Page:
The position of clinical data specialist offered at the American Society of Clinical Oncology in Alexandria, Virginia requires a close familiarity with the EHR methodology and the ability to quickly learn the navigation processes of continually adapting informatics systems.
The fact that every clinical data system employs unique medical terminology is also an important factor to consider during the application process, so applicants who take the time to learn the nomenclature are at a decided advantage in terms of employability. Although a background in computer-based analysis and health information technology is considered to be an essential skill for aspiring clinical data specialists, educational attainment beyond a Bachelor's degree is not a prerequisite for consideration. It would seem to be a reasonable conjecture that applicants who possess a second Bachelor's degree in computer technology would be viewed as ideal candidates. This crucial step to improve my viability in the eyes of hospital administrators and healthcare organization hiring managers could be accomplished by attending the ITT Technical Institute in Springfield, Illinois, or the educational process could be extended by enrolling in an accredited institution offering a respected MSN in Computer Science program, such as University of Illinois at Springfield. The optimal curriculum for students hoping to secure a position as a clinical data specialist would combine the fundamentals of computer programming, data structures and algorithms, and programming languages with foundational components of nursing philosophy. While no specific salary range for this position was provided, according to O*Net Online (2010) clinical data specialists earn a yearly salary of $75,560 on average. To stay current on innovations within the realm of nursing informatics, I would also be sure to take advantage of the extensive online medical library offered by the American Society of Clinical Oncology. This tremendous research resource provides access to contemporary scholarly journals featuring empirical research on nursing informatics, which would keep me updated on ways of integrating the latest technology, popular methods for effectively implementing innovative ideas, and assist in the formulation of workable solutions to any potential problems I may encounter.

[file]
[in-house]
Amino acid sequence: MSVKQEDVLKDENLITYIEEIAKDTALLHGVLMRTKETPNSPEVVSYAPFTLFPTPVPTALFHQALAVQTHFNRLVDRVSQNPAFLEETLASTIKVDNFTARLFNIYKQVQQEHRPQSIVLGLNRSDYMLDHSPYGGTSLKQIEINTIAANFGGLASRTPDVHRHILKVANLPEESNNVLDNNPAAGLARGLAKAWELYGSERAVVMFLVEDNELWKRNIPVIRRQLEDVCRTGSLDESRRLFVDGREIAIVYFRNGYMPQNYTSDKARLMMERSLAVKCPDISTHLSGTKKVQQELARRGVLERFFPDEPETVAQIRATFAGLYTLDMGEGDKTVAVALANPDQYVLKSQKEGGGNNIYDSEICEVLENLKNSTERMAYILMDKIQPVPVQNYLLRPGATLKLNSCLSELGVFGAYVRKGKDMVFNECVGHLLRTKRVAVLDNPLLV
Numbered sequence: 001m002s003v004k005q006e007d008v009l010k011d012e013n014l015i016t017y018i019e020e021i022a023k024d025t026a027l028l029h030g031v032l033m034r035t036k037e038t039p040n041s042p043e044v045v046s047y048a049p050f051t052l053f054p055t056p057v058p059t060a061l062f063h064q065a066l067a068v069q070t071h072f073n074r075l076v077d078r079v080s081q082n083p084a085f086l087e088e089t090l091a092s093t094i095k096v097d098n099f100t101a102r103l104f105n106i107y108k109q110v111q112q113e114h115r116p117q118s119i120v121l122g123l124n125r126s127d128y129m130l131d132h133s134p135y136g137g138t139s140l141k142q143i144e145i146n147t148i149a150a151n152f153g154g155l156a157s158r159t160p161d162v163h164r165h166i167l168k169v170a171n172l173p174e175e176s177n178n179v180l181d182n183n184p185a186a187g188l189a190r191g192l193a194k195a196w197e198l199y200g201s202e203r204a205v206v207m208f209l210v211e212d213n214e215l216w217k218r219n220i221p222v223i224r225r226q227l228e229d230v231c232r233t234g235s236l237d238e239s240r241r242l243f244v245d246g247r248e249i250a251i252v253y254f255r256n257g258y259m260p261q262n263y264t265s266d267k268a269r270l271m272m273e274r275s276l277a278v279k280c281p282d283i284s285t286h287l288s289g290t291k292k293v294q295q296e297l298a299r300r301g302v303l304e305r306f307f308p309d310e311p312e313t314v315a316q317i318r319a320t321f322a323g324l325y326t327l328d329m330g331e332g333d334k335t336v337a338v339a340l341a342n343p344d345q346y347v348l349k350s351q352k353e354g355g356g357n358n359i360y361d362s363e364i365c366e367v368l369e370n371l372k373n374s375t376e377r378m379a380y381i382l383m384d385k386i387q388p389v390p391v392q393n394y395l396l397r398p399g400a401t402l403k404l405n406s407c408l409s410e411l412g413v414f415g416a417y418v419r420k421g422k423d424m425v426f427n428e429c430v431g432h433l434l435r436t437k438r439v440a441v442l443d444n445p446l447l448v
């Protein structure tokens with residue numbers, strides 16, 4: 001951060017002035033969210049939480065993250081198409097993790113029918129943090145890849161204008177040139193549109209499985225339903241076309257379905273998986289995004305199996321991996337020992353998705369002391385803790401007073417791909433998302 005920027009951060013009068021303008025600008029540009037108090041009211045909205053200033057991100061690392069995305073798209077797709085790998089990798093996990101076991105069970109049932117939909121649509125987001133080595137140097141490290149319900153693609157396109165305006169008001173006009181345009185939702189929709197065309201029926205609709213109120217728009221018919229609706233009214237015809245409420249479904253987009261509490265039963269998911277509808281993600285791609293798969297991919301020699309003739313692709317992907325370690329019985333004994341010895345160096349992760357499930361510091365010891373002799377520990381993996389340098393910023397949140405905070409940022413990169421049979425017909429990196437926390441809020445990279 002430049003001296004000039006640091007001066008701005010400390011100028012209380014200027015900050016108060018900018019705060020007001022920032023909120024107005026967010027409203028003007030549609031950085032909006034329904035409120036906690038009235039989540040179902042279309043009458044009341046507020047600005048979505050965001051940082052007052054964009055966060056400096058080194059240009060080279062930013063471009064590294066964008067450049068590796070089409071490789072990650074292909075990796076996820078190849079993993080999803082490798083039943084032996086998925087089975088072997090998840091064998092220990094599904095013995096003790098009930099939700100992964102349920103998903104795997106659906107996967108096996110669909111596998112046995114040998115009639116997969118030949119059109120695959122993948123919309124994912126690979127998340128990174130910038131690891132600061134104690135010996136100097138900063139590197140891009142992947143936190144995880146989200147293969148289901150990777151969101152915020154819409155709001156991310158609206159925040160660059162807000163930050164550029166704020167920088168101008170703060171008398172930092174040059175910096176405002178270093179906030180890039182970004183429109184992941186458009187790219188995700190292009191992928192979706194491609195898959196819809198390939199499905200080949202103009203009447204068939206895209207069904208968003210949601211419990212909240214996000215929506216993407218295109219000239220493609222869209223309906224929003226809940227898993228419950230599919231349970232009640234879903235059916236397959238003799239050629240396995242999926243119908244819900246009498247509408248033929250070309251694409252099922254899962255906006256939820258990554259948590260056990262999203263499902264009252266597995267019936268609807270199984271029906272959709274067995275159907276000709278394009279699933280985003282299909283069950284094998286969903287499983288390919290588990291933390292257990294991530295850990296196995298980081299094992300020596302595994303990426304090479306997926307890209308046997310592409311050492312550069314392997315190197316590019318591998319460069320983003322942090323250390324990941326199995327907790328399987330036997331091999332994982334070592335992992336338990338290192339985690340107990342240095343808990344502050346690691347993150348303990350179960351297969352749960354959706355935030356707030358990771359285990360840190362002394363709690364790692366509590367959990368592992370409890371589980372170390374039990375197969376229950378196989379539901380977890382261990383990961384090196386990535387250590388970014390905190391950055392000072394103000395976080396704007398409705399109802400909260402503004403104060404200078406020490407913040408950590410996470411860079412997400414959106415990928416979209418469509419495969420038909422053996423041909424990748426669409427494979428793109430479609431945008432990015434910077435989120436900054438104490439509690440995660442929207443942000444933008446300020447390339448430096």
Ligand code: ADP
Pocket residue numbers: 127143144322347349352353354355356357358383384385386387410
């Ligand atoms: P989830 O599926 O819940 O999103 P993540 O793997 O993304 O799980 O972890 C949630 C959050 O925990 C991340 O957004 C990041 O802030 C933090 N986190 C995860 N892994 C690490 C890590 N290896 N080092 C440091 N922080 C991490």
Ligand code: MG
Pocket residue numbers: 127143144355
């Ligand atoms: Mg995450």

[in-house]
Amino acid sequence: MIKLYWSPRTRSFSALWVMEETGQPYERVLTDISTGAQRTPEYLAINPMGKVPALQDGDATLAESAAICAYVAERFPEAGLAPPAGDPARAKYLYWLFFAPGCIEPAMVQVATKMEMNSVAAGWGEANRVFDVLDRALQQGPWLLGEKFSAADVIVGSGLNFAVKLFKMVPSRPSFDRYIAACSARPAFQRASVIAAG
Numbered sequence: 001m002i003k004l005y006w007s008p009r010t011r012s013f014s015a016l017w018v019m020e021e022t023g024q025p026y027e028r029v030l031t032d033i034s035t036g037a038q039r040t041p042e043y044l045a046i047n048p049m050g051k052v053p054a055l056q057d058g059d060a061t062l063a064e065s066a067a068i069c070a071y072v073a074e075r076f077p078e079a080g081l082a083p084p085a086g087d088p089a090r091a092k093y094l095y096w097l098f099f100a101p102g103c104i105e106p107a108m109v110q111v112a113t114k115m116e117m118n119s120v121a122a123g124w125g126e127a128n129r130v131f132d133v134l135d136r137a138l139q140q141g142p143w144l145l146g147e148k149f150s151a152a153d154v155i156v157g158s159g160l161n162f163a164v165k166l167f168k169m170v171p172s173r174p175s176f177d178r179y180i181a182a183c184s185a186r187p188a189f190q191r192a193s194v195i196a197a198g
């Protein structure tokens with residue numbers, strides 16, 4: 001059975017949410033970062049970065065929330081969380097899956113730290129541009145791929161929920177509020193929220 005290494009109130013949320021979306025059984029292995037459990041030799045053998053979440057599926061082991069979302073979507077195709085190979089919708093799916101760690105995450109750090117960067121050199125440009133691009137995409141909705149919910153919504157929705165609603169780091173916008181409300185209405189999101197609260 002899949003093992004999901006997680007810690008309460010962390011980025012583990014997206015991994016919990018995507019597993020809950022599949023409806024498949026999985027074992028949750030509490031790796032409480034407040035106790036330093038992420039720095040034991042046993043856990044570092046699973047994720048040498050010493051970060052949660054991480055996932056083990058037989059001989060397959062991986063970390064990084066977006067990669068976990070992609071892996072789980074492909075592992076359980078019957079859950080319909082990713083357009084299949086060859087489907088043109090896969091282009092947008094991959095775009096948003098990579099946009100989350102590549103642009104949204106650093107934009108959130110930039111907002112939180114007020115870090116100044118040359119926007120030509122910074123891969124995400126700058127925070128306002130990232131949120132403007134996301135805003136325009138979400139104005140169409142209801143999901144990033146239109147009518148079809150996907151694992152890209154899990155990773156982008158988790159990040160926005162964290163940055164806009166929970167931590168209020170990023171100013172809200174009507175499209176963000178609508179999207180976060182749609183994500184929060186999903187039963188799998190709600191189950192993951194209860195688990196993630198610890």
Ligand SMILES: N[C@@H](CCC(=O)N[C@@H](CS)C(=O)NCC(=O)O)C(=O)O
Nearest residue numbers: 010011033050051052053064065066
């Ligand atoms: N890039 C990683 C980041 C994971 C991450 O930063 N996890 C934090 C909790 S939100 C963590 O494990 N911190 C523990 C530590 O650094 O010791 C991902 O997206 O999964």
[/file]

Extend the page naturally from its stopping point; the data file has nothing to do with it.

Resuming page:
Hoping to infuse a sense of functional modernity into their sprawling medical facilities, the Bacon County Hospital and Health System (BCHHS) of Alma, Georgia elected to join the Georgia Telemedicine Program (GTP) in 2005, and through the implementation of specialized informatics systems many aspects of the hospital's healthcare delivery system have since been significantly improved. Adhering to the stated mission of the BCHHS to "provide compassionate and comprehensive community healthcare that is cost effective," the multi-tiered health system which spans multiple campuses underwent the transition to EHR, with the overall objective of standardizing its procedures and streamlining its processes through the use of informatics. According to the Georgia Partnership for Telehealth (GPT), one hallmark of the BCHHS' inclusion in the program is the hospital's status as a hub within "the Open Access Network, which is a web of statewide access points based on strategic partnerships with successful existing Telemedicine programs & #8230; to maximize opportunities for timely specialty services" (2012). One of the pillars of the cooperative relationship between the BCHHS and the GPT is the emerging field of healthcare informatics, which "brings together the various health sciences (eg, medicine, nursing, public health) and other relevant fields including information science, computer science, and cognitive science & #8230; to promote the effective organization, analysis, management, and use of information in health care in order to facilitate optimal health care delivery" (Travers & Mandelkehr, 2008).
There are many benefits afforded to physicians, nurses and supplementary staff working at the…[continue]
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Chapter II: Review of the Literature in Chapter II, the researcher explores information accessed from researched Web sites; articles; books; newspaper excerpts; etc., relevant to considerations of the disparity in access to health care services between rural and urban residence in Maryland and the impact of the lack of financial resources. The researcher initially accessed and reviewed more than 35 credible sources to narrow down the ones noted in the